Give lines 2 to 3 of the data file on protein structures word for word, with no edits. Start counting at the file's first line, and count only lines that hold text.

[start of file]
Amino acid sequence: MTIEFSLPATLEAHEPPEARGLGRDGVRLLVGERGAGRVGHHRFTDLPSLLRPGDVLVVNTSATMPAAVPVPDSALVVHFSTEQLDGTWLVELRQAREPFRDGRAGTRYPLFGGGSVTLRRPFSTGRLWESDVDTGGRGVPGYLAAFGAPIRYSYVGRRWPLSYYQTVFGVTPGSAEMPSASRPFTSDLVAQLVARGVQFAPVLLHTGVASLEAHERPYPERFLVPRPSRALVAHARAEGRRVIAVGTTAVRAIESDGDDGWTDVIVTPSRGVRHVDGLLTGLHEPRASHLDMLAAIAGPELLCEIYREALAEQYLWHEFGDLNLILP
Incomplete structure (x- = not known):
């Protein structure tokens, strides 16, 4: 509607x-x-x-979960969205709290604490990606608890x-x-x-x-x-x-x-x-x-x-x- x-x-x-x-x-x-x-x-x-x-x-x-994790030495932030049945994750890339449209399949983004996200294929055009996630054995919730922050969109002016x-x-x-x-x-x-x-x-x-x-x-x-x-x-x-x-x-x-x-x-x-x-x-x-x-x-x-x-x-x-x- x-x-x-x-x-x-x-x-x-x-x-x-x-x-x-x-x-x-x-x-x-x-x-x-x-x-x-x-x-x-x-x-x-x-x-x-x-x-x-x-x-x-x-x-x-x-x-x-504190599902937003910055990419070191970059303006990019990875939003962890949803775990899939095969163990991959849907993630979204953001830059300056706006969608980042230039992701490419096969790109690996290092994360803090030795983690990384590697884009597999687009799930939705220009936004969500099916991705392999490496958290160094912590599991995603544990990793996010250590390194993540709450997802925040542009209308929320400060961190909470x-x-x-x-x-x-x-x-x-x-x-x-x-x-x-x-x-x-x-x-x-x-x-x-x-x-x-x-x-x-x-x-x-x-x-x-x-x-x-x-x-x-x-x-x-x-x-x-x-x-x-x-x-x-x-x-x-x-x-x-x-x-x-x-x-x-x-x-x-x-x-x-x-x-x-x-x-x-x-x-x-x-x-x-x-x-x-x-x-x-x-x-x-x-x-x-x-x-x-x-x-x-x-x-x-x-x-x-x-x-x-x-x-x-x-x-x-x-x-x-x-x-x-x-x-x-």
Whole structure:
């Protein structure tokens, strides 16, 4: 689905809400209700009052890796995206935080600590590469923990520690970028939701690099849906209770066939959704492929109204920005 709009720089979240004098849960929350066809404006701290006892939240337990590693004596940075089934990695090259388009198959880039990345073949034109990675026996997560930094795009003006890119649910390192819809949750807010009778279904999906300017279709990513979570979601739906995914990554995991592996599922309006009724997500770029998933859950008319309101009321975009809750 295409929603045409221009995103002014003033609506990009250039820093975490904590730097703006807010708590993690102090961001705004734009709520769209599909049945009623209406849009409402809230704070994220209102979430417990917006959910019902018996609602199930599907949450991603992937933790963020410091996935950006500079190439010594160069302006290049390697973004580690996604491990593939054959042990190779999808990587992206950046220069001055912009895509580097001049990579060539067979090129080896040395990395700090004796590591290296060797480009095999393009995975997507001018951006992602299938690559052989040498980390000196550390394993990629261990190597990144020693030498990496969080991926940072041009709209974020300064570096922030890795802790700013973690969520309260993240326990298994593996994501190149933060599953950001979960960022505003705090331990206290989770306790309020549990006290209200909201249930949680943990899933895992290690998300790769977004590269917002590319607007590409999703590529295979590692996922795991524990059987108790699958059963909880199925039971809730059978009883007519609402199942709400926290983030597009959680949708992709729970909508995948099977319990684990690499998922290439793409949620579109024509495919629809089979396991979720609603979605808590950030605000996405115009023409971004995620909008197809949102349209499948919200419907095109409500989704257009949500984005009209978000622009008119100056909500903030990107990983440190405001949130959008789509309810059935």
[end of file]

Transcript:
Incomplete structure (x- = not known):
């Protein structure tokens, strides 16, 4: 509607x-x-x-979960969205709290604490990606608890x-x-x-x-x-x-x-x-x-x-x- x-x-x-x-x-x-x-x-x-x-x-x-994790030495932030049945994750890339449209399949983004996200294929055009996630054995919730922050969109002016x-x-x-x-x-x-x-x-x-x-x-x-x-x-x-x-x-x-x-x-x-x-x-x-x-x-x-x-x-x-x- x-x-x-x-x-x-x-x-x-x-x-x-x-x-x-x-x-x-x-x-x-x-x-x-x-x-x-x-x-x-x-x-x-x-x-x-x-x-x-x-x-x-x-x-x-x-x-x-504190599902937003910055990419070191970059303006990019990875939003962890949803775990899939095969163990991959849907993630979204953001830059300056706006969608980042230039992701490419096969790109690996290092994360803090030795983690990384590697884009597999687009799930939705220009936004969500099916991705392999490496958290160094912590599991995603544990990793996010250590390194993540709450997802925040542009209308929320400060961190909470x-x-x-x-x-x-x-x-x-x-x-x-x-x-x-x-x-x-x-x-x-x-x-x-x-x-x-x-x-x-x-x-x-x-x-x-x-x-x-x-x-x-x-x-x-x-x-x-x-x-x-x-x-x-x-x-x-x-x-x-x-x-x-x-x-x-x-x-x-x-x-x-x-x-x-x-x-x-x-x-x-x-x-x-x-x-x-x-x-x-x-x-x-x-x-x-x-x-x-x-x-x-x-x-x-x-x-x-x-x-x-x-x-x-x-x-x-x-x-x-x-x-x-x-x-x-």